Cover girl gone carnivorous satisfies in “Jennifer’s Body”

Not the horror-fest it appears, “Jennifer’s Body” is a fun romp attacking pop punk, shallow girls and everything else wrong with high school.

Megan Fox in Jennifer

Megan Fox in Jennifer

Rebecca Lang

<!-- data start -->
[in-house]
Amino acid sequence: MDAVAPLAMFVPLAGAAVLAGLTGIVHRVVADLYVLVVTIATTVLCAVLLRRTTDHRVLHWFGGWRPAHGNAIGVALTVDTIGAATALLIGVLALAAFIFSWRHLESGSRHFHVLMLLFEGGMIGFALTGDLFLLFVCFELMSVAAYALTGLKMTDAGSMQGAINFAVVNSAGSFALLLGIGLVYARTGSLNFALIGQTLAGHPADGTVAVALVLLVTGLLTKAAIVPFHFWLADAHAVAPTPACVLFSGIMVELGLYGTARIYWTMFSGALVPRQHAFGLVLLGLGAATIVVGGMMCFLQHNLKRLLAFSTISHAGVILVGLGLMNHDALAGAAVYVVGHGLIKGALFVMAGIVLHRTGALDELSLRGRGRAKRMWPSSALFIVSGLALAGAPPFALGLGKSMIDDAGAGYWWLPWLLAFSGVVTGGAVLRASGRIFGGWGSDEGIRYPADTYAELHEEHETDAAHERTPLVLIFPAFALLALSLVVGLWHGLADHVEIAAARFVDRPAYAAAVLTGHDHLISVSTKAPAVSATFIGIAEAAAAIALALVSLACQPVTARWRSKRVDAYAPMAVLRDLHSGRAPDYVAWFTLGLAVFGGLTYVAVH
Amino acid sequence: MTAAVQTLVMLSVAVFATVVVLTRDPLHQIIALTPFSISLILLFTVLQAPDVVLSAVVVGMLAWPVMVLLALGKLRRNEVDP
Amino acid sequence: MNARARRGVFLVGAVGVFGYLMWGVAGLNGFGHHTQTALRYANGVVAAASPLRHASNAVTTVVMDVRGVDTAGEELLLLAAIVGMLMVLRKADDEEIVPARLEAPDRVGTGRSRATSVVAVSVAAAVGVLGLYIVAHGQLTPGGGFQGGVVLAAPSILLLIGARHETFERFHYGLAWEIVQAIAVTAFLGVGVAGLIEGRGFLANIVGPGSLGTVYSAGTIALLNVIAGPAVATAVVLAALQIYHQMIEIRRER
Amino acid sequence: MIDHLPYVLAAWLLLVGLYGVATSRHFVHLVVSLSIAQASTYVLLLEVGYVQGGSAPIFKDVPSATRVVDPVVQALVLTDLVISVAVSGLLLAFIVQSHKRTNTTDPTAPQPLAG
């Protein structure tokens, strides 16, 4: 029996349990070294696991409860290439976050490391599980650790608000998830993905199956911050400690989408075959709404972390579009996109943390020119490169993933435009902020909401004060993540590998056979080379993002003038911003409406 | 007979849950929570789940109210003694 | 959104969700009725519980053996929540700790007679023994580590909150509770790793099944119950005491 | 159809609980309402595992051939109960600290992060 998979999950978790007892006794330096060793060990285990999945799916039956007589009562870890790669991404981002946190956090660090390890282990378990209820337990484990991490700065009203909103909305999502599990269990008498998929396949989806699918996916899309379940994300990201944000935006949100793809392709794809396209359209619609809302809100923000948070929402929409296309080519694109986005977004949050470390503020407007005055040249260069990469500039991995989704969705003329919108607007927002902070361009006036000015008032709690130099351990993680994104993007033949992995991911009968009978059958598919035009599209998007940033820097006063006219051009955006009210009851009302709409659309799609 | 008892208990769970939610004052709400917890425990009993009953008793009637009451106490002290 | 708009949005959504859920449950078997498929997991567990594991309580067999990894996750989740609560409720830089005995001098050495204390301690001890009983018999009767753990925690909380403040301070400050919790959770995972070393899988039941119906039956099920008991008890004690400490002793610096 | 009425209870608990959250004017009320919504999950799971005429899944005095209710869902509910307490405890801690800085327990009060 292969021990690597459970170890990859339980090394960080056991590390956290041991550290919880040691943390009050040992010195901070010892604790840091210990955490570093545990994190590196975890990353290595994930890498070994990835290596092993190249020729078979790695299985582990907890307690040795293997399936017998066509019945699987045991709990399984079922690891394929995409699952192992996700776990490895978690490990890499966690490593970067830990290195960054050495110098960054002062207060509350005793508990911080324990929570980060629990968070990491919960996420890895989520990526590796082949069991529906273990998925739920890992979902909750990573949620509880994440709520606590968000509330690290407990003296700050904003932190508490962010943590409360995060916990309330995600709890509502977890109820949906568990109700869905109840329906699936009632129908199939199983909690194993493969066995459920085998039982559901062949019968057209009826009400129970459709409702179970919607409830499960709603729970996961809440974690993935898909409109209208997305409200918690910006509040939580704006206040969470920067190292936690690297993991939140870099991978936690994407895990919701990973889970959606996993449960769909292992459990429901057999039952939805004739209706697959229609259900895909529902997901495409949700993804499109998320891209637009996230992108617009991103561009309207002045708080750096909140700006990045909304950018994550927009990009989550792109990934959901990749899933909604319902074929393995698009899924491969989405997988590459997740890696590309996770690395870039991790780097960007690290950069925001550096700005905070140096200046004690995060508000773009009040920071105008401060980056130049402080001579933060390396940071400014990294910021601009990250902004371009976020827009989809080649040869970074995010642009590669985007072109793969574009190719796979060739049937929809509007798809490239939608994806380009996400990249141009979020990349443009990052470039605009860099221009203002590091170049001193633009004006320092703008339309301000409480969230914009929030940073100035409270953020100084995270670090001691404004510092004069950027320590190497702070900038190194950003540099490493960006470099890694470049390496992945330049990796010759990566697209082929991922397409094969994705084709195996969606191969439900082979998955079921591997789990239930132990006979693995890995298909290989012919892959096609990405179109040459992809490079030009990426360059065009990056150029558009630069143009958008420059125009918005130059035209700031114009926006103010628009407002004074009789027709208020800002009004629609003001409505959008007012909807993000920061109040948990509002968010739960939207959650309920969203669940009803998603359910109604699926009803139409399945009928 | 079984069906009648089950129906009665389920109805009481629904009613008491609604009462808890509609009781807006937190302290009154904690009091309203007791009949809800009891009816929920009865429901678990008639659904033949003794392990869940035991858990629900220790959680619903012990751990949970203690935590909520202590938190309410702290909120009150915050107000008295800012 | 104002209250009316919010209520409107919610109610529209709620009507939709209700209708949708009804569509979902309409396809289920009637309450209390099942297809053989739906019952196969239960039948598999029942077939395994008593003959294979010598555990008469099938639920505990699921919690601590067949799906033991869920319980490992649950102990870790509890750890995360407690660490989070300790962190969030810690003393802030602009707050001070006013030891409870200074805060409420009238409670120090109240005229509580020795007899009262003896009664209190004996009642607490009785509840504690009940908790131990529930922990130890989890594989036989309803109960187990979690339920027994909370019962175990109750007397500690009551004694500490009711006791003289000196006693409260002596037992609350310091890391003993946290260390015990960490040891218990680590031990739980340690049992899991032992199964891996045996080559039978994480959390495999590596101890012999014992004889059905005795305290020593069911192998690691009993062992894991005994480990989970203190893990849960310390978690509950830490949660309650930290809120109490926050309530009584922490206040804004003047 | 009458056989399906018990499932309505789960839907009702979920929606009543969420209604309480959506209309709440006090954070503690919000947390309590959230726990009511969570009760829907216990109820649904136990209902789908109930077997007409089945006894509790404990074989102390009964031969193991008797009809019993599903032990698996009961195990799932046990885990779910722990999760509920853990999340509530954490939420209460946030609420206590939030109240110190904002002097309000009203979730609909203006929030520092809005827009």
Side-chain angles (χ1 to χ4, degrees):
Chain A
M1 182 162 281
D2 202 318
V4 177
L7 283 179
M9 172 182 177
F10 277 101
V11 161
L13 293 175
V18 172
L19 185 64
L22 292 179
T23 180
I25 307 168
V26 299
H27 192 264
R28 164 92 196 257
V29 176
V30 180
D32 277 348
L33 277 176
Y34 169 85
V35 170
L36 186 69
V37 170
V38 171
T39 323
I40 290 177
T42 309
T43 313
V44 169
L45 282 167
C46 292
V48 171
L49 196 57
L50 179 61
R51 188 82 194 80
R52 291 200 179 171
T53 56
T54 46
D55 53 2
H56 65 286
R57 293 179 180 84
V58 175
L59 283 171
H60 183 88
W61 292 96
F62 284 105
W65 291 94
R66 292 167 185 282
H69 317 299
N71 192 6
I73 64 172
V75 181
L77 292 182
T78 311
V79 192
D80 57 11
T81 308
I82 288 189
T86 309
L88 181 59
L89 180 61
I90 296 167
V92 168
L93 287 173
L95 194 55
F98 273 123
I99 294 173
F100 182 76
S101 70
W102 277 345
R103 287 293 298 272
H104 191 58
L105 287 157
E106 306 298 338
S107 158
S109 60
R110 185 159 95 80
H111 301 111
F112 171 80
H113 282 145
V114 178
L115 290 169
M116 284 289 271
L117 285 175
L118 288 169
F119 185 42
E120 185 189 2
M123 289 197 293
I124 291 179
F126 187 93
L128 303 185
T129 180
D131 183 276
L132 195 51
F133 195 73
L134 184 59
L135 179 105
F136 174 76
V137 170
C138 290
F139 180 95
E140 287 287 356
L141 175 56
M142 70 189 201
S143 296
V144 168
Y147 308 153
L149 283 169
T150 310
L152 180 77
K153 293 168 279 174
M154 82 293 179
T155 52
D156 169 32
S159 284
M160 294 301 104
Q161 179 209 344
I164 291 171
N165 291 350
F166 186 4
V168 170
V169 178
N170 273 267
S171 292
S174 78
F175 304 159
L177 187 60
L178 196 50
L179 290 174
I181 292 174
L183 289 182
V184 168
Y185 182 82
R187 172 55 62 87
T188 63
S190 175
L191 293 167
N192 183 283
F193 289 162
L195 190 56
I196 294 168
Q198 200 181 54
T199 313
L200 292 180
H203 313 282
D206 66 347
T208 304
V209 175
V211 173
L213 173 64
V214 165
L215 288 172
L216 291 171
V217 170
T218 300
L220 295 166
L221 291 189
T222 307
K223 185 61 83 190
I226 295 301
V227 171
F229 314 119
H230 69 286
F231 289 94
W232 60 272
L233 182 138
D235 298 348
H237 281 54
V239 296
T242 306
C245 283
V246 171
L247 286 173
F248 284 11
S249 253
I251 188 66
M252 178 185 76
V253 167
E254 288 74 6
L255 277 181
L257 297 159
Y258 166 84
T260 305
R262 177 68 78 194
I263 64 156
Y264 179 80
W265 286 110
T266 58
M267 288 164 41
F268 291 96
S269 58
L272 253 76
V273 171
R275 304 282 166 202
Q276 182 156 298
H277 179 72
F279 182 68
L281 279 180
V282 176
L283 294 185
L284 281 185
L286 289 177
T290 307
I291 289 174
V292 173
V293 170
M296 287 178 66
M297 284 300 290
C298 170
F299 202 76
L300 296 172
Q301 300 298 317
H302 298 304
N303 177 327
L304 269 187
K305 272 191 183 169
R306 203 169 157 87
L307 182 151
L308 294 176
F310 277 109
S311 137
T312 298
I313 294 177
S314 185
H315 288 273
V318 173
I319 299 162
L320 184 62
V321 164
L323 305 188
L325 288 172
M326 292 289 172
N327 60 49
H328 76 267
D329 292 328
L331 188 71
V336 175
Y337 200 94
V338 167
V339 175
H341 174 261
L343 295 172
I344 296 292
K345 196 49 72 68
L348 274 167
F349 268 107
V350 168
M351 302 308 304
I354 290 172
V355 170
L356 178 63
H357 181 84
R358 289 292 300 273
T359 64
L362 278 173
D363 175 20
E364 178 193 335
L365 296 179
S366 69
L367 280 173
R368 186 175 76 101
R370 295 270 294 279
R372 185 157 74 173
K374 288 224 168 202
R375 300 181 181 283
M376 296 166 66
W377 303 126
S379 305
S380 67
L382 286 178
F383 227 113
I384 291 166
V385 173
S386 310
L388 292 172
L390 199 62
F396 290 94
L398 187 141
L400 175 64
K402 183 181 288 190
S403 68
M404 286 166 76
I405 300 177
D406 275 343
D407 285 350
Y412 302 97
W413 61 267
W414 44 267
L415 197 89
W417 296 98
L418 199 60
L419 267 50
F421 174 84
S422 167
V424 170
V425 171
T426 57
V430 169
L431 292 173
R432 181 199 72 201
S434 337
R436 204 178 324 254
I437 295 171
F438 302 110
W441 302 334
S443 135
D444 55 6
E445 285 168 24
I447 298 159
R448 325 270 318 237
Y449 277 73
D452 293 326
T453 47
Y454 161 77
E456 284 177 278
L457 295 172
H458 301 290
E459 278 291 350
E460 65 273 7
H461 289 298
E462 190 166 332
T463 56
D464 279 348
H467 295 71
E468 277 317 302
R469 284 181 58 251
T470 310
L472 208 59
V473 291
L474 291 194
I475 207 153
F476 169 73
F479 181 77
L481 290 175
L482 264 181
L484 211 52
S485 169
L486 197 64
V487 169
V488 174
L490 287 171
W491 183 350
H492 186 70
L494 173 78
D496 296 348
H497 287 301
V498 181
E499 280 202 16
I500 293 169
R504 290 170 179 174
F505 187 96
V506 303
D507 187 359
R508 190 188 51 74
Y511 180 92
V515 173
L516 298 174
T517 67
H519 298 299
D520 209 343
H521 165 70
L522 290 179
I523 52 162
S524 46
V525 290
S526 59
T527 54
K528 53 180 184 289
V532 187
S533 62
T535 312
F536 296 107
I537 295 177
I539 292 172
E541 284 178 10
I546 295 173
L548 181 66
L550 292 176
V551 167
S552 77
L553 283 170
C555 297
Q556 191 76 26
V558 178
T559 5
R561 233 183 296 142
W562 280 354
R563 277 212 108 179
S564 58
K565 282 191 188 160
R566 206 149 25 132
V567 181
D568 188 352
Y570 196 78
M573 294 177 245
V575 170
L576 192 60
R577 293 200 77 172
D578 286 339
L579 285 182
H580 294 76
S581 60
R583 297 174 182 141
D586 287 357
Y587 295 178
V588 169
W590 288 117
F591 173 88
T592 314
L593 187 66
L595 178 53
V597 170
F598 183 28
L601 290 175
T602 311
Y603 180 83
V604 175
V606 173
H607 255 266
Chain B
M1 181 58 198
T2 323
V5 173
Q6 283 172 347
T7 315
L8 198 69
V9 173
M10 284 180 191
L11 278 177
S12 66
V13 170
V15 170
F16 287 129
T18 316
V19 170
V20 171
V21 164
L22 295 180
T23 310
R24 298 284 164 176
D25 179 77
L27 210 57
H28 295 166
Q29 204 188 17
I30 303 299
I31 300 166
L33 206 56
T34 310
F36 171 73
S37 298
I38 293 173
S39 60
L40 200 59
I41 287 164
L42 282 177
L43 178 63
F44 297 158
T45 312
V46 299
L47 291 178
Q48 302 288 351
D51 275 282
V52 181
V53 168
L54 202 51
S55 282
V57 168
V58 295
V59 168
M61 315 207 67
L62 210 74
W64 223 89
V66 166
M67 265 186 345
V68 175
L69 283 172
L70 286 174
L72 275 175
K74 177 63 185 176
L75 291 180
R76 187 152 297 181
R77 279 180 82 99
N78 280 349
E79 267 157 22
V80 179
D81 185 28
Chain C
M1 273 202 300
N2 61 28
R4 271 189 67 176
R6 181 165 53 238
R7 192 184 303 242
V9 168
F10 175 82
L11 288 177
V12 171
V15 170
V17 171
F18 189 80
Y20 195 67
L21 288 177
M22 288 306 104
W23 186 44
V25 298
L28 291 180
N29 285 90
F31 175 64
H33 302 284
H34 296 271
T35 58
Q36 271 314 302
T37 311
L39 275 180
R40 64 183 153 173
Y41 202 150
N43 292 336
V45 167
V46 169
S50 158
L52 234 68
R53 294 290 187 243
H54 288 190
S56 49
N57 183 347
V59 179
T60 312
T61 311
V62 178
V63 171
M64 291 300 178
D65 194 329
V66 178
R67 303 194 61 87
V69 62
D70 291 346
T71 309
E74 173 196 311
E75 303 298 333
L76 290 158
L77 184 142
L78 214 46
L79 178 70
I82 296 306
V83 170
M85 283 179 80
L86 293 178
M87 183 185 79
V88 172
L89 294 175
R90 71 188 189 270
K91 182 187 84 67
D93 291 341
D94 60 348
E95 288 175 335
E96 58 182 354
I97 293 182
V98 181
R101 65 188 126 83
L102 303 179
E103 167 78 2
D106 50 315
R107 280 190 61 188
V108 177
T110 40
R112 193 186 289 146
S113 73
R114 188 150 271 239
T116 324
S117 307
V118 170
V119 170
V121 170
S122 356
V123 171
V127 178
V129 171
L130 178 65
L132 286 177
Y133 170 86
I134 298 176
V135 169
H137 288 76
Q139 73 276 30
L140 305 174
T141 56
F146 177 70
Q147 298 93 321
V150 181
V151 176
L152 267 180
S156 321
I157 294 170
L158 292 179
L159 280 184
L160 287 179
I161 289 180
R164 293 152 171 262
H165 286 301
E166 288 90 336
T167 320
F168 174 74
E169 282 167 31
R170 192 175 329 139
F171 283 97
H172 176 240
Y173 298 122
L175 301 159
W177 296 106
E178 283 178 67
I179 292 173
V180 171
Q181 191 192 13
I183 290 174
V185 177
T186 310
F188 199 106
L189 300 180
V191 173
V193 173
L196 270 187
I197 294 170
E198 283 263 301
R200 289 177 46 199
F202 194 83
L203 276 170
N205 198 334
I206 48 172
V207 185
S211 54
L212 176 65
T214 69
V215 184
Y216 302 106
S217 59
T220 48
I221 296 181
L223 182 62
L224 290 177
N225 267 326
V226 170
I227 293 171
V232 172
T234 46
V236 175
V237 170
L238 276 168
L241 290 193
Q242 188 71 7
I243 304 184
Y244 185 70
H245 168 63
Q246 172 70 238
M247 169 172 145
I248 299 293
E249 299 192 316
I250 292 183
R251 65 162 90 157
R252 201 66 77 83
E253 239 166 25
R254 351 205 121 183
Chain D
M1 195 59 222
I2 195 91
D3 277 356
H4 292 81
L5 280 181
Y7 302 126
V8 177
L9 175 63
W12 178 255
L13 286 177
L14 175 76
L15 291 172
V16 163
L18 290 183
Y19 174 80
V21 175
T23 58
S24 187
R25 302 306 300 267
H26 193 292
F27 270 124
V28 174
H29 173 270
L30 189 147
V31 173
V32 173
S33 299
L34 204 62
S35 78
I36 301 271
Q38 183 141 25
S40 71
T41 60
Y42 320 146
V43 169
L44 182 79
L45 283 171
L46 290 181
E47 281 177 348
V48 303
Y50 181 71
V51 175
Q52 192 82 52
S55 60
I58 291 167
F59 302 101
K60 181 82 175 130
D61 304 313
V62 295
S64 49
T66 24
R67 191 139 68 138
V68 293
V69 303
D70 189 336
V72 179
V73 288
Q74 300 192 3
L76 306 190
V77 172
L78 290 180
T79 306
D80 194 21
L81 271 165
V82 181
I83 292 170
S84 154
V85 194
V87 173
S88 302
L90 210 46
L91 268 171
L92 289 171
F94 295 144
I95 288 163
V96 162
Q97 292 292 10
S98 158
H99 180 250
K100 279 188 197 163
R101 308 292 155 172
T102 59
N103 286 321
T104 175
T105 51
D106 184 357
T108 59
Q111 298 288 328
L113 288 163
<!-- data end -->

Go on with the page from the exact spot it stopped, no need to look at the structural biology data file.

âÄúJenniferâÄôs BodyâÄù DIRECTEDY BY: Karyn Kusama STARRING: Megan Fox, Amanda Seyfried, Adam Brody RATED: R SHOWING: Area Theaters The trailers for “Jennifer’s Body” were slightly misleading. Sure they got across the fact that it’s a movie full of succubus-style man-eating, lesbian stuff and cat eye contact lenses, but it also failed to warn viewers that this film, above all things, is supposed to be funny. Powered by “Transformers'” Megan Fox, Amanda Seyfried (“Mama Mia!” and the dumbest “Mean Girl”) and Oscar-winning screenwriter Diablo Cody, “Jennifer’s Body” is undeniably fun and, like “Mean Girls” a cathartic exposé of female friendships. It could be that “Juno” left Cody more connected than she’d like to the pro-life movement, so she decided to cut ties by writing a film full of ritual sacrifice, homicide and scavenging forest animals. But it’s more likely that “Jennifer’s Body” is a response to the obsession with dark mythology that has suddenly exploded in pop-culture. Finding herself somewhere between the vampire beloved by teenyboppers and the zombie championed by the ironic indie set, Cody has penned Jennifer, a high school girl who finds herself turned into an offshoot of a succubus, a creature who – excuse the rough definition – seduces men in their dreams and then eats them. Meanwhile, her “Jan Brady” best friend Needy (Amanda Seyfried) suspects foul play but is conflicted by her desire to “play boyfriend girlfriend” with Jennifer. Here, sex doesn’t result in pregnancy, but it does result in carnage. Unlike other human-eating-centered media, “Jennifer’s Body” takes the pop culture that surrounds this trend fully into account. Cody’s mythology, wherein Satan is more than happy to help out struggling indie bands, playfully jabs at the others, with a research montage clearly mocking “Twilight” and a setting in a town cheekily called “Devil’s Kettle.” The illusion of reality is fully laid-down by the presence of science class experiments and discussions of “for her pleasure” condoms, and when the surreal stuff kicks in – hovering women, hell-fluid vomit – the film doesn’t fully commit, keeping one foot in the realm of parody. When Jennifer propels herself above a pool as if she’s wearing a jet pack, Needy points out, unimpressed, that she’s not flying, she’s just “hovering.” ItâÄôs clear that âÄúJenniferâÄôs BodyâÄù isnâÄôt sure whether itâÄôs just a horror movie or whether it’s intellectually superior to a horror movie. At times that makes the film seem wishy-washy, but usually those moments of self-awareness are just funny. Humor is central to the dialogue in this Diablo Cody-an universe. Like âÄúJuno,âÄù âÄúJenniferâÄôs BodyâÄù is full of slang too witty to exist in actual spontaneous conversation. Characters say things like, “You’re totally jello [jealous],” “Where’s it at, Monistat?” and “tragedy boner.” These cooked-up dialogue bombs sounded quirky coming out of Ellen Page’s mouth in “Juno,” but they feel slightly odd coming out of Megan Fox’s Jennifer, a slightly “socially relevant” high school girl dressed in white parkas and heart-dotted zip-ups. âÄúJenniferâÄôs BodyâÄù isnâÄôt necessarily scary; there are few moments of undigestable gore or tense foreshadowing. Instead, the real horrors here are the tackiness of todayâÄôs high school culture and the modern incarnation of the âÄúwhoreâÄù archetype in the form of an absolutely evil best friend. As for the tackiness, every aspect of this film forces viewers to revel in it. Not only does a sell-out indie band dominate the plot, but the soundtrack is full of emo punk bands like Cobra Starship and Panic! at the Disco. During a chase scene, a car starts up and blares a song by the filmâÄôs faux band Low Shoulder, only to be turned off and have the spooky score tangibly shoulder its way back to its rightful place. The most satisfying aspect of this pop carnivore-fest, however, is the toxic friendship between Needy and Jennifer. Who better to portray the evil popular girl taken to the most literal, hyperbolic level possible than Megan Fox, with her machete-sharp eyebrows and Maxim-cover good-looks? If anything can be taken from âÄúJenniferâÄôs Body,âÄù itâÄôs that any girl whoâÄôs ever had a toxic friendship will find the violence of the film to be, admit it or not, emotionally gratifying. And for those whoâÄôve never suffered through said passage of teenage girlhood âĦ thereâÄôs lesbian stuff.